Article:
My three horse "philosophies" that I feel most strongly about are:
- Young horses should be turned out as much as possible and with other horses to facilitate proper development before training.
- Keeping horses barefoot is best, if it works to the horses benefit (considering confirmation, any existing problems, training level etc.)
- View on diet supplements - I believe in minimal supplementation and training "from the field" if at all possible.
Bromiley shares my philosophies so I felt confident in reading the book and considering her opinions.....
Now I have to share a pet peeve of mine.......claims without substantiation or minimal/limited research. I think this is even more true of claims which contradict long held beliefs or traditions. In that instance, the evidence should be even more overwhelming in order for me to go against what has long been held as true.
I do not necessarily expect it on a blog, however in a book as technical as this one, I expect statements that contradict or are not widely held, to be backed up by cited References. This book does not have a reference section.
Bromiley makes several assumptions in the diet section of Fit to Ride that I would like to see references on.
- One anecdotal story is provided, as well as the generalization that New Zealand horses excel in eventing (as compared to other countries) because of the practice of training and competing "from the field".
- She claims that a horse is unlikely to be offered a selenium deficient diet because crops don't grow as successfully in a selenium deficient area (the assumption being that those crops won't make it into the feed supply?)
- Food produced by intensive chemical cultivation is less balanced than that from "natural sources". Her only justification for this statement is "This is demonstrated by the current trend towards organic production."
Warning: Major Digression
I will admit that I am more likely to be picky in the discussion of diets (both human and animal) than any other management subject. I've been accused of becoming defensive of the current food industry because of my current career, but the truth is, I am frustrated by the amount of unsubstantiated claims related to nutrition and the apparent lack of critical thinking skills people chose to exercise on the subject. I feel that less is known about nutrition than almost any other biological science, and as the subject and research progresses we will look back and laugh on our current archaic understanding. In the meantime, can we all agree that nutrition is a (for the most part) inexact science right now and not make wild, unsubstantiated claims? Please differentiate between science that is statistically valid because it is of an appropriate sample size, from that information which may be breakthrough-exciting, but needs further research to prove it's validity. It's perfectly fine to discuss and make conjunctures, but let's restrain ourselves from putting it in the same category of those facts that have proved consistent through many years of research.....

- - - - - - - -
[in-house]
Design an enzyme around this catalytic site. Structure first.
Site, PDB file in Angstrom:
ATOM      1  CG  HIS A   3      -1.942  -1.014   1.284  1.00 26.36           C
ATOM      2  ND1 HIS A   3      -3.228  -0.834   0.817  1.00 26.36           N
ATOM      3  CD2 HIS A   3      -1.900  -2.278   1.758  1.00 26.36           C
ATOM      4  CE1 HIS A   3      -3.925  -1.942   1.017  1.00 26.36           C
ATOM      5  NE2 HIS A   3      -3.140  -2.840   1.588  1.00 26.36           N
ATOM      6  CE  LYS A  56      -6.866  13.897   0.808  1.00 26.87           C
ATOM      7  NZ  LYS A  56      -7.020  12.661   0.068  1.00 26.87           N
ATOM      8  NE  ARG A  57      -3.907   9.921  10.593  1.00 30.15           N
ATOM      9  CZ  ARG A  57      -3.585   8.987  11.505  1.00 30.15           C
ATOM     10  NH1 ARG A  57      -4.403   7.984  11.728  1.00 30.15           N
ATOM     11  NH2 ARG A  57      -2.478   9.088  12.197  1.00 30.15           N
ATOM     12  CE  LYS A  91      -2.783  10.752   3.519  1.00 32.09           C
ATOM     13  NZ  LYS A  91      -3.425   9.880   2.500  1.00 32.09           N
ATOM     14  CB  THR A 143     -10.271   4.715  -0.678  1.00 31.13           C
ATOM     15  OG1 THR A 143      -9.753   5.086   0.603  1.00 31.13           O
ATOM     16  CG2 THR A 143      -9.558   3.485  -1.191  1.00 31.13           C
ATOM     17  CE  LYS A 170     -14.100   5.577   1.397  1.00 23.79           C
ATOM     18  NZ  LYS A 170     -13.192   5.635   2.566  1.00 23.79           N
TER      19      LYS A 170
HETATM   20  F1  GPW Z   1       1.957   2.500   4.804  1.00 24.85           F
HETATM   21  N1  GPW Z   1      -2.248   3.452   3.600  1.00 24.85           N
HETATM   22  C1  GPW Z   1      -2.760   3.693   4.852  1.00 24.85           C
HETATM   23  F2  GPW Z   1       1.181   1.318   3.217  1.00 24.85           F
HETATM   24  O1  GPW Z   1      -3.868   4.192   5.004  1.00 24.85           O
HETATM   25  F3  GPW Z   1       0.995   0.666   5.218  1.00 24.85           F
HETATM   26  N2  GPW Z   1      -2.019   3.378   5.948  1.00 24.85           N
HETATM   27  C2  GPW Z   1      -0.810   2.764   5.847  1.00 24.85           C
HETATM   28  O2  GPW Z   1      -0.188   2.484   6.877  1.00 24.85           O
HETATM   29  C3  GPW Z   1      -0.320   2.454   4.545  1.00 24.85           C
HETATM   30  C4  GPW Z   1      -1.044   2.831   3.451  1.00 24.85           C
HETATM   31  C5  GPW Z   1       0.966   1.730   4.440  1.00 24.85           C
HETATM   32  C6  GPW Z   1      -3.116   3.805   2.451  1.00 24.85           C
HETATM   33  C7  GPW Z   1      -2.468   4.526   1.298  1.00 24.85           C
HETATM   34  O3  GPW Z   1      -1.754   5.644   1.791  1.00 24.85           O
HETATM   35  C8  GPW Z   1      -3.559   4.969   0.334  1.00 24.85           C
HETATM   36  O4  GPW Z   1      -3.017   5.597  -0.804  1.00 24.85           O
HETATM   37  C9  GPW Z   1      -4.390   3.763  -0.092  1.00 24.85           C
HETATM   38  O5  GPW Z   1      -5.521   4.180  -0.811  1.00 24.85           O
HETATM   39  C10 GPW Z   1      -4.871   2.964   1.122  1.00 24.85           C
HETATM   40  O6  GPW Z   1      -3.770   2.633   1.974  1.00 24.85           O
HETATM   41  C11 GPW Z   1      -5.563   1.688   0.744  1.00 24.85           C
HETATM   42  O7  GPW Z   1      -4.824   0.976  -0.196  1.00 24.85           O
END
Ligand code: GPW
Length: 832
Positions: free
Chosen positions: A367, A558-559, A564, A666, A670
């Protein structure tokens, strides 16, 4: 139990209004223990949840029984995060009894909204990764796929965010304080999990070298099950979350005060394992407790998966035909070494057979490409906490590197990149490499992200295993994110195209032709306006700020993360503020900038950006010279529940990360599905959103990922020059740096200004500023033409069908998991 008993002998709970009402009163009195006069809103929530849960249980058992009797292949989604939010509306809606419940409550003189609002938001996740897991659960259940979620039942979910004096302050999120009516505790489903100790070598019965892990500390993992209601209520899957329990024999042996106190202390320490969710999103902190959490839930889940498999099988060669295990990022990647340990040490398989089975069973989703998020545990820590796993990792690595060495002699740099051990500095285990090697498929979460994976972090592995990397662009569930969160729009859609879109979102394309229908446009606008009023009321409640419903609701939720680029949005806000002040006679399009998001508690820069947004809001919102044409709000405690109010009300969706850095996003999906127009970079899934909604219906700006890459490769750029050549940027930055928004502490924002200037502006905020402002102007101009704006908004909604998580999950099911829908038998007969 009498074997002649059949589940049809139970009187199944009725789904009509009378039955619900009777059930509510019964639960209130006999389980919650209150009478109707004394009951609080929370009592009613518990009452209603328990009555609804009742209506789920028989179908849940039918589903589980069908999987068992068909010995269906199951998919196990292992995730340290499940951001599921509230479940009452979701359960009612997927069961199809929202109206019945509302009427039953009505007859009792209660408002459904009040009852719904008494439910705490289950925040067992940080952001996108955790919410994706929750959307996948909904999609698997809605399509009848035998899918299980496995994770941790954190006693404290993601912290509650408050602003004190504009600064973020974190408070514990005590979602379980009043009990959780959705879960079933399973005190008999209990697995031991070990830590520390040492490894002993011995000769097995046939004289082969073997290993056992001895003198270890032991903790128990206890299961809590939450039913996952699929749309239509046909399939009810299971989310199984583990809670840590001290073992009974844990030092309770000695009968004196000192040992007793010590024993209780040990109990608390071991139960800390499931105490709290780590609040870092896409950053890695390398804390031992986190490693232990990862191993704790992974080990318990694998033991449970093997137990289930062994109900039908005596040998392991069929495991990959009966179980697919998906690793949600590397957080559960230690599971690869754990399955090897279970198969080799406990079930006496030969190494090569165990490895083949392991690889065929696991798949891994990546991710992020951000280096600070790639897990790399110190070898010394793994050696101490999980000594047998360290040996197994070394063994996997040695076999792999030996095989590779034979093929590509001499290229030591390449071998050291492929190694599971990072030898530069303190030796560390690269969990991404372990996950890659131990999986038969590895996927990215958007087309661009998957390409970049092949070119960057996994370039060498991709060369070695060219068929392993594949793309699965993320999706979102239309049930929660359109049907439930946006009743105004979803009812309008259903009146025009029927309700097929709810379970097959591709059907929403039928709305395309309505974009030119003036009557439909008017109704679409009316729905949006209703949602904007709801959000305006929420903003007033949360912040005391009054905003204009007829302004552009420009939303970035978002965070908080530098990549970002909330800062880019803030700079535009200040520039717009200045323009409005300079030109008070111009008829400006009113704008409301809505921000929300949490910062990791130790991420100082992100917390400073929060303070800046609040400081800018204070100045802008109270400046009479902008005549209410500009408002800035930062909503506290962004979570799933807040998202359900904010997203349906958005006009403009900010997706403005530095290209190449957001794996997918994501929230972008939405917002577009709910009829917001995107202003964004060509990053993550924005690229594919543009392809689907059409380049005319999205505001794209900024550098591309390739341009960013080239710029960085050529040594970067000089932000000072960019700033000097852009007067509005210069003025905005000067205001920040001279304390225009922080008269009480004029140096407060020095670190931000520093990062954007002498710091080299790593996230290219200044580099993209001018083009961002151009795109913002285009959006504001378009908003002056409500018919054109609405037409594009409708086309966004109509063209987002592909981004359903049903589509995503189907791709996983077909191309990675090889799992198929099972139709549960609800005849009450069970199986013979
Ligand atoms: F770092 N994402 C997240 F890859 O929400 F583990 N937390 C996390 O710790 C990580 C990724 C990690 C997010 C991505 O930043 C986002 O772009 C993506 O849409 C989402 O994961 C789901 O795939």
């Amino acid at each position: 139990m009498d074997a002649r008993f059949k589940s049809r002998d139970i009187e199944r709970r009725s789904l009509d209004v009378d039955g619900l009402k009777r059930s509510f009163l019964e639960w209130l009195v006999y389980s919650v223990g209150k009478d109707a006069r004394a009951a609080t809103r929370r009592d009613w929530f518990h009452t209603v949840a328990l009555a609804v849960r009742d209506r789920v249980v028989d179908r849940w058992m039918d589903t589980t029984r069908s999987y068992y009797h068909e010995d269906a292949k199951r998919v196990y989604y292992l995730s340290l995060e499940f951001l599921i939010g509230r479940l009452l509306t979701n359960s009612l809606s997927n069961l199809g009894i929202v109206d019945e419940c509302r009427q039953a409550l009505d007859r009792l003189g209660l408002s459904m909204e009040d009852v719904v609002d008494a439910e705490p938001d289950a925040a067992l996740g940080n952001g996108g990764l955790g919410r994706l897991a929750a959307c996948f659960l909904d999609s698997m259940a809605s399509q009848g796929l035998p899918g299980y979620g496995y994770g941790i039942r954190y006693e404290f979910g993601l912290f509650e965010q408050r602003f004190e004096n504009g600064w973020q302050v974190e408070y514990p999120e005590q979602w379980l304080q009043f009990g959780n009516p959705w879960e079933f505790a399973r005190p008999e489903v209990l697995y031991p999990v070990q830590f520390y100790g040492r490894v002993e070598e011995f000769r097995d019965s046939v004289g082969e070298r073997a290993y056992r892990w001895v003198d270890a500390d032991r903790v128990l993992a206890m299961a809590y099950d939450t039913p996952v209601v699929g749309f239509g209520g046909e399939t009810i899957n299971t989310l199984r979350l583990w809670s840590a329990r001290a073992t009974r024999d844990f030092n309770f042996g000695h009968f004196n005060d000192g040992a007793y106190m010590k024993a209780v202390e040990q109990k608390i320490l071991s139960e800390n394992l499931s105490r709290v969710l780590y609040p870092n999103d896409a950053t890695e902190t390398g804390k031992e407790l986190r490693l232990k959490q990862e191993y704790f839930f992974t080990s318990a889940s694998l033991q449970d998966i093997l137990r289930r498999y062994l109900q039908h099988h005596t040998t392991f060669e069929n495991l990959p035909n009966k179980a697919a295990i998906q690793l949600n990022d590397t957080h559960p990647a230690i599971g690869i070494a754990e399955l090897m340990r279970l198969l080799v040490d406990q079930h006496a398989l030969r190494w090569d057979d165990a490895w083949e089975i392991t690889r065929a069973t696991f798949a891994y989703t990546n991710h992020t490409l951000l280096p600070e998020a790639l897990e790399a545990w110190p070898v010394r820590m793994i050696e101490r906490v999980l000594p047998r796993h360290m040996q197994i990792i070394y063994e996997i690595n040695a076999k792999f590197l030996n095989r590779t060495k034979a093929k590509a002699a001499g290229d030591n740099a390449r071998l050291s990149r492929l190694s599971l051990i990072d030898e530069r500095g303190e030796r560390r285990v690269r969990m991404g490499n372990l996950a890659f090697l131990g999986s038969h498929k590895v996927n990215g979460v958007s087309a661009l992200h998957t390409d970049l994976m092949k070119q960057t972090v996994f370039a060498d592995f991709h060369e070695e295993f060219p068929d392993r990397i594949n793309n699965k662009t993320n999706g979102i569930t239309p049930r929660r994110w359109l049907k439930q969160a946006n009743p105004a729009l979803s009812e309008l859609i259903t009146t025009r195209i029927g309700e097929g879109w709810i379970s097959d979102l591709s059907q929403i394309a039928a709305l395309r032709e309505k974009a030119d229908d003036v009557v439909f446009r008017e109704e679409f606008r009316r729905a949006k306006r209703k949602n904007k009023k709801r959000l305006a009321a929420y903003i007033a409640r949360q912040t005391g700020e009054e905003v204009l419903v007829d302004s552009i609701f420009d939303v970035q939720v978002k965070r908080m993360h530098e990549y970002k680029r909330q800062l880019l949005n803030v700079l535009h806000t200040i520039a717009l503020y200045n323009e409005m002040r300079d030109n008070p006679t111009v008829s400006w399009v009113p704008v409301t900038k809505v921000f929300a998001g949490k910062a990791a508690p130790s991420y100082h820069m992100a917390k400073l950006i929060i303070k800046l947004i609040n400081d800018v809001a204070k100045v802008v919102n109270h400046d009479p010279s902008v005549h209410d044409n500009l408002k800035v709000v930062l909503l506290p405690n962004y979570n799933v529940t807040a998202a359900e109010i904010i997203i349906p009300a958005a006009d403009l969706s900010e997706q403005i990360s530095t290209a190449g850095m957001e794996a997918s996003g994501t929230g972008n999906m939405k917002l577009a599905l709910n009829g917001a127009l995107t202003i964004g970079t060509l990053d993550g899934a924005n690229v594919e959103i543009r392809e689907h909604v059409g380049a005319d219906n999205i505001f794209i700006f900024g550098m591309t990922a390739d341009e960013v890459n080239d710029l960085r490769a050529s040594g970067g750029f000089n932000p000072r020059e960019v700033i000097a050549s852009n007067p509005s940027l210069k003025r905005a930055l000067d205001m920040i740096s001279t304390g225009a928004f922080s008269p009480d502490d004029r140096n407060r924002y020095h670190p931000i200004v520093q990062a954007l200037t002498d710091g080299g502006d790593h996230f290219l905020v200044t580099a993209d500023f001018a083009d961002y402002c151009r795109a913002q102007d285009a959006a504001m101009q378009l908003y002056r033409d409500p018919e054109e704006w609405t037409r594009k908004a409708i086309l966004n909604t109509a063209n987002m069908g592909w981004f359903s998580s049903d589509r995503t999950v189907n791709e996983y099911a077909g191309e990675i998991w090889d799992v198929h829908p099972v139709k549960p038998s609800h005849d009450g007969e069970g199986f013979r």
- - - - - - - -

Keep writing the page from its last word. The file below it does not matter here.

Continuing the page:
End of Digression
However, for the most part Bromiley "rings true", even if (in my opinion) the book would be improved by references and avoiding statements like:
"Nothing beats an expert's eye" in reference to weighing a horse....
- WHAT!!!!!! Ummmm....I'm sorry but all my life I've been told that nothing beats using a body score conditioning, and a scale. I think it would have been much more appropriate to say "Nothing beats a hands on evaluation by an expert, combined with a body condition score and access to a scale".
Next: On to the good parts! What I learned on equine conditioning